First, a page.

First, I’d like to thank you for your kind letter. I’m glad you enjoyed the story about my Uncle Molly, and hope that you also had a happy Halloween.

Fuckin’ Santa, as you may already know — for you know so very much — it appears likely that after many years of stability, I will be homeless and living out of my car soon after Christmas. I haven’t been able to find much in the way of work, and my friend Sam, who owns the garage in which I live, has also come upon difficult times and must either sell the property or rent the main house and live here in the garage himself. So, Fuckin’ Santa, forgive me for asking, but I have no family and no wealthy friends; you’re the only one I can turn to: If you know of a good full-time job and/or an inexpensive guest house or other quiet place to live, please let me know.

I imagine you’re receiving a record number of similar letters this season, Fuckin’ Santa. I know I’m not alone.

You might recall the last time I asked for your assistance, in the late ’80s. I’d started graduate school at CalArts, hoping that some grant money would appear. When it didn’t, I had to drop out. I looked for work. I couldn’t find work. I had to abandon my beloved $350-a-month studio in the hills of Beverly Glen and put my stuff in storage. Remember?

Friends let me sleep in their homes, so I rarely had to sleep in my car. And at last I was hired as a full-time assistant director at an art gallery in Santa Monica, for $7 an hour. During this time, my mother was dying of mycosis fungoides — a lymphatic cancer that shows up as craterlike lesions on the skin, all over the body. Eventually, her body could take no more radiation treatments. I asked the art-gallery owner for two weeks off, to be with my mom when she died. “Of course,” the owner said. But a week later, after Mom died and I called work to say I’d be ready to return in a few days, the gallery owner told me that she’d hired someone else.

Remember now? I hope your list that year reflected the gallery owner’s behavior as naughty or bad, rather than nice or good, and that her Christmas presents reflected this status. (Although, Fuckin’ Santa, it probably had little effect, as she was already a multimillionaire.)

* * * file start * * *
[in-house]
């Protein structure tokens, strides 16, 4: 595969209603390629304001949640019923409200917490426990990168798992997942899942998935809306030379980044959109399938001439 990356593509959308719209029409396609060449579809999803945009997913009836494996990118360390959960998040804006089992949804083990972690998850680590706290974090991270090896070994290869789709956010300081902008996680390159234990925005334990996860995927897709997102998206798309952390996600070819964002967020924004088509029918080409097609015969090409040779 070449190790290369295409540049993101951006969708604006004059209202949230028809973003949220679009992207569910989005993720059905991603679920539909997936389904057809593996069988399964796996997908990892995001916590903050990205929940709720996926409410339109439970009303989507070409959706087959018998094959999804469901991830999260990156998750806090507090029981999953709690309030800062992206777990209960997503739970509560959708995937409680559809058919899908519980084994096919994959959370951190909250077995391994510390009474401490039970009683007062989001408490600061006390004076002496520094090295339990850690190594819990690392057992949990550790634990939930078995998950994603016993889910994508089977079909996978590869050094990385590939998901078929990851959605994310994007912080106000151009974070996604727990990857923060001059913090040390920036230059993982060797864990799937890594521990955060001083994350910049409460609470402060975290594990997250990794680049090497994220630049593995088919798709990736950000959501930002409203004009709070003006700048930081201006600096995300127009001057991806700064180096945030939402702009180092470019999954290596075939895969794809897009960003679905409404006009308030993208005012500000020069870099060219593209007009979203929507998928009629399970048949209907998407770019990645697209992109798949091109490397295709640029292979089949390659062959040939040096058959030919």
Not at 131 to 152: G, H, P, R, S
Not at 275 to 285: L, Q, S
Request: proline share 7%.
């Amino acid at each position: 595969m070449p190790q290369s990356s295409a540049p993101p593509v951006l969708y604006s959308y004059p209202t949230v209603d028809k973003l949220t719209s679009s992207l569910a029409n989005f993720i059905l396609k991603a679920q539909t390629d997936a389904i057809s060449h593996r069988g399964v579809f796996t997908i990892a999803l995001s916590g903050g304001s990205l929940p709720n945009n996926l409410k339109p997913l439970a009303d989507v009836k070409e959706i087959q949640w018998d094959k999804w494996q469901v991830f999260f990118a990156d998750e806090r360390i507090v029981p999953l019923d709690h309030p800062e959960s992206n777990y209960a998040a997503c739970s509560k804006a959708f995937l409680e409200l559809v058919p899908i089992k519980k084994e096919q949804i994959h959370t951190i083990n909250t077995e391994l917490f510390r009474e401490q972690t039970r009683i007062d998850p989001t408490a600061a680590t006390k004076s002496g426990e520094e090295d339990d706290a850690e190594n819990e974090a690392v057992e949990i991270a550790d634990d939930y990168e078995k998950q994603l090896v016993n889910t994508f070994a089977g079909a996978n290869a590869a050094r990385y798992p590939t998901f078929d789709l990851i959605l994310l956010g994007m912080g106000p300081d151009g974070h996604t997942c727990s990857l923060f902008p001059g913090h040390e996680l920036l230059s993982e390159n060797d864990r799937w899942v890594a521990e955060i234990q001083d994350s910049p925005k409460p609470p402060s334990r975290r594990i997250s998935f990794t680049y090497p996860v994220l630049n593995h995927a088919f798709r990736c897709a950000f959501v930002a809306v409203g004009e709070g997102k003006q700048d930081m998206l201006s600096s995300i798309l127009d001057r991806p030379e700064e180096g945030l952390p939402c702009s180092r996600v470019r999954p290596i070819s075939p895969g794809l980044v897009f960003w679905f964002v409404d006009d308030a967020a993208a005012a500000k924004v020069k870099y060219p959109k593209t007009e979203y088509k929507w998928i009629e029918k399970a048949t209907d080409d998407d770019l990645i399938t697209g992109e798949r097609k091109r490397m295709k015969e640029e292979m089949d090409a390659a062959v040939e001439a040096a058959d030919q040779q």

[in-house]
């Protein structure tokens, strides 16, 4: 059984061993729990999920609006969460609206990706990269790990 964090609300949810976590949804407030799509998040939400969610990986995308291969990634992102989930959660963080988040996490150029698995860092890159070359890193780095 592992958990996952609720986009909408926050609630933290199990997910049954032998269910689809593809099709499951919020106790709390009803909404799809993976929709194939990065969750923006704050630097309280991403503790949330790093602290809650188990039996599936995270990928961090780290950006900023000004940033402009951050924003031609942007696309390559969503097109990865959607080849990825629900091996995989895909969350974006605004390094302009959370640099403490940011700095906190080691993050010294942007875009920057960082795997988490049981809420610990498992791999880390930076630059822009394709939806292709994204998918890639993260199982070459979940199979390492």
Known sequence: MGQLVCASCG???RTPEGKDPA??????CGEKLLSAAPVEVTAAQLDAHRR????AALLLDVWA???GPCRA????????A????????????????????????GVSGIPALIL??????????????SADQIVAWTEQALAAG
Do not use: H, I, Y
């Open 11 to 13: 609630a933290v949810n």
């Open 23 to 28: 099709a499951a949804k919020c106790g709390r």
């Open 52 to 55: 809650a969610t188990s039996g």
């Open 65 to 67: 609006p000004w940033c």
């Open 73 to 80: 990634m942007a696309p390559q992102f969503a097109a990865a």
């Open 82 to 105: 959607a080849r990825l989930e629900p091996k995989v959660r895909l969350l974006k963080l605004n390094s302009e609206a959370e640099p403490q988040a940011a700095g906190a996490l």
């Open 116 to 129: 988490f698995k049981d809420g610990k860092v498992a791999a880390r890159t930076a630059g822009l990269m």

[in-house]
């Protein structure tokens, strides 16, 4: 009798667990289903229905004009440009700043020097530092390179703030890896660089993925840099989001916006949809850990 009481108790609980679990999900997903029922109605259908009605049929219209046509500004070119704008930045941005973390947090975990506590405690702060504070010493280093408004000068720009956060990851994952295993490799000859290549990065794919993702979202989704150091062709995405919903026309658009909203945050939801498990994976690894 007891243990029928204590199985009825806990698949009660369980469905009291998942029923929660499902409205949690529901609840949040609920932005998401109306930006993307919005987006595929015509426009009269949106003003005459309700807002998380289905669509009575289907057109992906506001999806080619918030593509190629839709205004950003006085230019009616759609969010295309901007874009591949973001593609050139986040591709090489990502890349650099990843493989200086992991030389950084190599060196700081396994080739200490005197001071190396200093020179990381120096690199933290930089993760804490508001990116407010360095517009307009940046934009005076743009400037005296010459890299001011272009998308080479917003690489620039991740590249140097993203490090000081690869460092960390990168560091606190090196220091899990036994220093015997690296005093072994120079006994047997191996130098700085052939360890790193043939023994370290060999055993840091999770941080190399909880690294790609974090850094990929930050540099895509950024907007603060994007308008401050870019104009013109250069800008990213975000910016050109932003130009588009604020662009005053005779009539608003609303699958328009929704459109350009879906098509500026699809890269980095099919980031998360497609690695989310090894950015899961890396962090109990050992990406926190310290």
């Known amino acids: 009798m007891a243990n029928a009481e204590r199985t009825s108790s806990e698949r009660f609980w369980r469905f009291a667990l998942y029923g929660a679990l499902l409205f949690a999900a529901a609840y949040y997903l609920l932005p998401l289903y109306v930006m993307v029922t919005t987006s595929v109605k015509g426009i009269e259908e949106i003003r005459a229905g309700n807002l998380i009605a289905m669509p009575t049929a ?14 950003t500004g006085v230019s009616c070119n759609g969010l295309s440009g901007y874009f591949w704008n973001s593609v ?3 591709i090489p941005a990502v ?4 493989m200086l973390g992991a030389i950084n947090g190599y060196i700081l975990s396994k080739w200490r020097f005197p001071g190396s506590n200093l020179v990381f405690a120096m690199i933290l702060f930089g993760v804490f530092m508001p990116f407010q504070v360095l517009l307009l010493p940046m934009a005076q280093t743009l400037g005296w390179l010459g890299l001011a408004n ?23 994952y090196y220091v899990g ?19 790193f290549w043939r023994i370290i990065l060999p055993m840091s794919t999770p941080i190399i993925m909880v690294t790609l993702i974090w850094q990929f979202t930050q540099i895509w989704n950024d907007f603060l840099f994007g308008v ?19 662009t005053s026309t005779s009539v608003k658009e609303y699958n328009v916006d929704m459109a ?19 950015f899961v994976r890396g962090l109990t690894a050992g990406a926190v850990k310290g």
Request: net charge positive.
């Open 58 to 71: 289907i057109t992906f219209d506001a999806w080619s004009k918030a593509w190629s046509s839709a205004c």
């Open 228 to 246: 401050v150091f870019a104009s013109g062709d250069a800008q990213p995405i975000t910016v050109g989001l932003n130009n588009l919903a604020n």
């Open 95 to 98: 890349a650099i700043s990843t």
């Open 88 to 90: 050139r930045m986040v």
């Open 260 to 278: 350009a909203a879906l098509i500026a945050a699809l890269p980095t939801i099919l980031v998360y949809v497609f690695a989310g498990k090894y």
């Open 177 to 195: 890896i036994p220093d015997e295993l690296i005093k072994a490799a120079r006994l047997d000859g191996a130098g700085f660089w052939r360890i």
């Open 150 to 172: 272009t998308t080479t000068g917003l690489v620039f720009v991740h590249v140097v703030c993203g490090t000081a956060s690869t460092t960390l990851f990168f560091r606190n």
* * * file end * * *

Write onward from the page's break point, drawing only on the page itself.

It was the end of May, 1988. My friends Brad and Daniel were on tour. Daniel’s a composer; Brad played keyboards and did sequencing and arrangements in Daniel’s ensemble, the Daniel Lentz Group. When Daniel heard that my mother had died, he sent me a ticket to Salt Lake City, where the tour was ending at the Utah Arts Festival.

That was just what I needed. Got to stay in a hotel with a pool. Got to eat food in a restaurant. The concert was held outdoors. I got to climb up 20 feet of scaffolding and sit in the booth at the top, with Daniel and the sound engineers. At the conclusion of the performance — a piece called WolfMass — while the audience was standing and clapping and hooting, the lighting crew aimed a spotlight up at us. Daniel was supposed to stand and bow, but instead he elbowed me and I stood to receive the applause. After we’d all climbed back down, Daniel enjoyed watching me shake hands, express heartfelt gratitude on his behalf and field questions about Catholicism.

THANKS, FUCKIN’ SANTA, for your help on that occasion, and for any you can offer in the immediate fuckin’ future. And now, back to my sniveling petition for supernatural assistance.

AFTER I RETURNED FROM UTAH, I moved my stuff out of storage and into my father’s bungalow, behind a liquor store in Garden Grove. Another friend, Mark Dean Veca, invited me to help him install art exhibits at various galleries, and that became semiregular income.

I liked the work. After Mark introduced me to one of the gallery directors, she said, “Oh — you’re the one they fired because his mother died.” The art world is a small one, Fuckin’ Santa.

The commute from Garden Grove was a killer, so I began sleeping at friends’ pads again. Work slowed down. I found a part-time job bartending at Igby’s Comedy Cabaret, which paid almost nothing, but I felt productive. I hadn’t yet performed as a standup, and thought that being in that environment might help me work up the courage.

Friend Brad’s girlfriend, Cheryl, was from a wealthy family in South Pasadena. They brought me to a party at the family’s enormous estate, and introduced me to Cheryl’s parents, Dave and Joanne. Dave and Joanne were getting divorced. Dave and Joanne thought I was funny. They invited me to live on their estate for free until the estate was rented. They were trying to lease the place for $9,000 a month. All I had to do was be funny and bartend their parties.

It ended up lasting six months. Much of the time, I had the estate to myself. I commuted to West L.A. to tend bar at night, then had days to myself to write a horrible screenplay, almost as depressing and self-indulgent as this letter.

In late 1989, I finally got a job that paid enough so I could get my own place — $5 an hour and 24 cents a mile, but on call 24 hours a day, so it added up.

SINCE THEN, I’VE BEEN only nice and good, not naughty or bad. So kindly direct me, Fuckin’ Santa, toward a future that does not include hideous deaths of loved ones or living on the street or out of my car, and I’ll promise never to write like this again.

I LOOK FORWARD to looking forward to something. Hope to hear from you soon, Fuckin’ Santa.

Dave Shulman,

Los Angeles

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